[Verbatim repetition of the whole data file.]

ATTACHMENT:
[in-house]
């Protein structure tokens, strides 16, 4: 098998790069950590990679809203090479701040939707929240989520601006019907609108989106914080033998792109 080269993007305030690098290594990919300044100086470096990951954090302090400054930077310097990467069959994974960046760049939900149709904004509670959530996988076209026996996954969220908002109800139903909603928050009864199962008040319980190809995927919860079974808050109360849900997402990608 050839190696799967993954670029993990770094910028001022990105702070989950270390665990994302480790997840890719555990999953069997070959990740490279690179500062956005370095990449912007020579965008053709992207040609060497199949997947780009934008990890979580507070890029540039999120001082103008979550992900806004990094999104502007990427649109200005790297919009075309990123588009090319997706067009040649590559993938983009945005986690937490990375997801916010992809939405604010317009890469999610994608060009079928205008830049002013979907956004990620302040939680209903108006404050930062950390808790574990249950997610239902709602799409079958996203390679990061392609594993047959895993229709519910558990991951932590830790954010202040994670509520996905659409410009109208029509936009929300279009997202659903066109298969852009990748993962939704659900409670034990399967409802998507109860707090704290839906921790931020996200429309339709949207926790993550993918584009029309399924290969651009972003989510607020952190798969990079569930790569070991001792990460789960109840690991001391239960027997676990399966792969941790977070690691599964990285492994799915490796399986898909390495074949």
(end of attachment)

[in-house]
């Protein structure tokens, strides 16, 4: 098998790069950590990679809203090479701040939707929240989520601006019907609108989106914080033998792109 080269993007305030690098290594990919300044100086470096990951954090302090400054930077310097990467069959994974960046760049939900149709904004509670959530996988076209026996996954969220908002109800139903909603928050009864199962008040319980190809995927919860079974808050109360849900997402990608 050839190696799967993954670029993990770094910028001022990105702070989950270390665990994302480790997840890719555990999953069997070959990740490279690179500062956005370095990449912007020579965008053709992207040609060497199949997947780009934008990890979580507070890029540039999120001082103008979550992900806004990094999104502007990427649109200005790297919009075309990123588009090319997706067009040649590559993938983009945005986690937490990375997801916010992809939405604010317009890469999610994608060009079928205008830049002013979907956004990620302040939680209903108006404050930062950390808790574990249950997610239902709602799409079958996203390679990061392609594993047959895993229709519910558990991951932590830790954010202040994670509520996905659409410009109208029509936009929300279009997202659903066109298969852009990748993962939704659900409670034990399967409802998507109860707090704290839906921790931020996200429309339709949207926790993550993918584009029309399924290969651009972003989510607020952190798969990079569930790569070991001792990460789960109840690991001391239960027997676990399966792969941790977070690691599964990285492994799915490796399986898909390495074949």